Music production

Music production bill is one beat away in the House | Politics

An Indiana Senate bill, currently under consideration by the House, will seek to bring more music production to the state.

Senate Bill 323 would create a music production incentive program through the Indiana Destination Development Corporation. The IDDC, in partnership with the Office of Management and Budget, would provide a report examining what other states have done with music production incentives and provide a recommendation on how Indiana should create itself. an incentive.

A student at the Azmyth School of Music Technology works on editing tracks. Photo provided.

SB 323 went to a first hearing on March 2 and then went to the Ways and Means Committee, where it has yet to be heard.

“It’s something unique, and if we’re going to play in the music industry, it’s a program that we have to have,” said Bill’s author, Senator Justin Busch, R -Fort Wayne. “Otherwise, we are really neglected when we have a robust musical ecosystem hidden in our state. “

Indiana would join 32 other states, including border states like Illinois, Ohio and Kentucky, in implementing a music production incentive program if the bill passes the House.

Similar programs that have been adopted in Atlanta and Toronto have had economic success. According to Busch, Toronto saw a return on investment of $ 11 for every dollar spent.

In the last session, Bush attempted to pass a similar bill that would have created a film and media incentive in the state; however, the bill died in the House. Busch said this year that he chose to reduce the incentive to music specifically because it is more profitable. Currently, Indiana has a $ 8 billion music industry which supports around 50,000 jobs.

Ryan Adkins, owner of Azmyth Recording Studios in Indianapolis, said the studio has seen an increase in interest in music production in recent years due to the accessibility of home studios.

“There is a lot of talent here; we’re just sort of watched nationally. We’re trying to bring more talent to the city, ”Adkins said.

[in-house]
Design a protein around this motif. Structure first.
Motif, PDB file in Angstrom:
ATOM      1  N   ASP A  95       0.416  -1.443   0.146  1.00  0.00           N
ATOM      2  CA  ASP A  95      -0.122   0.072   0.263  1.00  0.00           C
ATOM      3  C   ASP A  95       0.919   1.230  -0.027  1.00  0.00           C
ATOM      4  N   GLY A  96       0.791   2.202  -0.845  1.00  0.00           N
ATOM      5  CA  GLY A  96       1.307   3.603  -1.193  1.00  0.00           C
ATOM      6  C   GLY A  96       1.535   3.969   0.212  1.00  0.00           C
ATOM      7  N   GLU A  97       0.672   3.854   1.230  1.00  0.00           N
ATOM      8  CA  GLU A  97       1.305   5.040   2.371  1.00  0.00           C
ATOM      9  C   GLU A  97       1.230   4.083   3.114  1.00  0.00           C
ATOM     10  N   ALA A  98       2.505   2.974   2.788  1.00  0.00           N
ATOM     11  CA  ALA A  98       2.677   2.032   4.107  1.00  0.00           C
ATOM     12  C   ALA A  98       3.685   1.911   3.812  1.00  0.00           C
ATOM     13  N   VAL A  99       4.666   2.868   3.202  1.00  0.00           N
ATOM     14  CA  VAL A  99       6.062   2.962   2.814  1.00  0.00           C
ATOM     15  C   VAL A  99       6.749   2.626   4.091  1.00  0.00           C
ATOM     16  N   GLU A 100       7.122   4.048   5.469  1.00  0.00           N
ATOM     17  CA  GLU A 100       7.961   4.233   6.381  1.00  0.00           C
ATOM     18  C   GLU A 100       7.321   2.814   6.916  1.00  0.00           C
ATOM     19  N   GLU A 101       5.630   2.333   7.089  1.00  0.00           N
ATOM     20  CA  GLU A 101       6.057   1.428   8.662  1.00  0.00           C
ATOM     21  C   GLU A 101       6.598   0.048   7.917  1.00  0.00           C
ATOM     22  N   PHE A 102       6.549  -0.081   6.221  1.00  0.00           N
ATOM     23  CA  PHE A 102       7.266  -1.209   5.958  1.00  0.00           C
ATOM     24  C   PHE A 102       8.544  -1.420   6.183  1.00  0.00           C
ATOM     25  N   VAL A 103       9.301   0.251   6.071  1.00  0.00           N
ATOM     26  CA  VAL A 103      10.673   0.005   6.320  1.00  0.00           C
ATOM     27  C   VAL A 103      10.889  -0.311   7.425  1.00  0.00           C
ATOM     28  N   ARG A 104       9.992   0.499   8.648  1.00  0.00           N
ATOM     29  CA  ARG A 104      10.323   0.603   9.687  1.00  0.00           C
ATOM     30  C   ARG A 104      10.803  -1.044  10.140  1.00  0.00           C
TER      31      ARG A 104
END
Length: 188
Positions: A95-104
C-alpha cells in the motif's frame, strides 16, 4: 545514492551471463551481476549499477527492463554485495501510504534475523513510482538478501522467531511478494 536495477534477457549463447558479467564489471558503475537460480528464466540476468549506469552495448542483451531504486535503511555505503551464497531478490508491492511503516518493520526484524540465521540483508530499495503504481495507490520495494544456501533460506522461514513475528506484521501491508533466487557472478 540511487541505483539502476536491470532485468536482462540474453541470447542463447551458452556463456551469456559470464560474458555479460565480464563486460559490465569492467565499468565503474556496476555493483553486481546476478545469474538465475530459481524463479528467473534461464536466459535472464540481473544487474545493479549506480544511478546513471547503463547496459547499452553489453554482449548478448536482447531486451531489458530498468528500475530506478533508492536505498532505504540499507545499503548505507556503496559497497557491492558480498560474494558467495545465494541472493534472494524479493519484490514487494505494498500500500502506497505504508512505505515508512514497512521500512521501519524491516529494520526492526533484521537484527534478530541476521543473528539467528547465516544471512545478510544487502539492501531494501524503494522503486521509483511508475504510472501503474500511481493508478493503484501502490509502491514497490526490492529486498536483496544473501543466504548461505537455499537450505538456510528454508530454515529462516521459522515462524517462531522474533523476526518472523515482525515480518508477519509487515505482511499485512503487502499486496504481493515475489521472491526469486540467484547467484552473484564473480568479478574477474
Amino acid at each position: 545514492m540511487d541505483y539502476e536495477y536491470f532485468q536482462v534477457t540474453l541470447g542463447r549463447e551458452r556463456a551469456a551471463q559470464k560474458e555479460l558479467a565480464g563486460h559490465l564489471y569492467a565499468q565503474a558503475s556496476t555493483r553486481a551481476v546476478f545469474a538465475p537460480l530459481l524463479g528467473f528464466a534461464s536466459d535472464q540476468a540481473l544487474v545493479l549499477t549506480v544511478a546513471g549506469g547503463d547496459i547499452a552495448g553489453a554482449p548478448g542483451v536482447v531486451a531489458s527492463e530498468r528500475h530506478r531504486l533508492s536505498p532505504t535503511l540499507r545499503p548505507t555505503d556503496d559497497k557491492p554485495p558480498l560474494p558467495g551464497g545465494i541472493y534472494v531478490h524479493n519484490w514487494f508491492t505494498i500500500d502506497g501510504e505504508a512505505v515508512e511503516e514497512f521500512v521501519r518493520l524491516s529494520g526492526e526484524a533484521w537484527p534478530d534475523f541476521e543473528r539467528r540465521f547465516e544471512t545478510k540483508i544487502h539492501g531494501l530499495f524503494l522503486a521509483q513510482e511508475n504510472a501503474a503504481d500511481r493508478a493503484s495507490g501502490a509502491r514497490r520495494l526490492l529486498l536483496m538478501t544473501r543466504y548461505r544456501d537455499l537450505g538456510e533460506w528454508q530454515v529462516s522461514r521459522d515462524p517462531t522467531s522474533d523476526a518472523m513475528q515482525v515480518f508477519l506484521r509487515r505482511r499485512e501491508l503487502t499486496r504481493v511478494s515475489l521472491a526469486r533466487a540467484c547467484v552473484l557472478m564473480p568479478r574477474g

Noah Palmquist, a student at Azmyth School of Music Technology at Azmyth Studios, said he plans to stay in Indiana to work as a producer or music engineer.

“As this becomes more and more important to Indy, I think I’m going to want to stay and help the next great artist in Indy,” Palmquist said.

What he likes best about being in the studio is that his peers and teachers, who are themselves music producers and engineers, listen to and enjoy his music.

It’s creative people like Palquist who Busch says are bringing “fun” to a community he’d like to keep in Indianapolis.

Busch also spoke of Indiana’s “rich musical history,” which he hopes the SB 323 will help improve upon. He mentioned Sweetwater Studios in Fort Wayne, which he said was recognized by the Grammy Music Awards for their instruments and recording. Indiana is also home to the # 1 ranked Ruoff Home Music Center in Noblesville. amphitheater in the country in 2018.

“We all enjoy music. Even when we had a downturn last year, we all turned to music, ”Busch said. “It is a universal language.

Taylor Dixon is a reporter for, a news site powered by journalism students at Franklin College.

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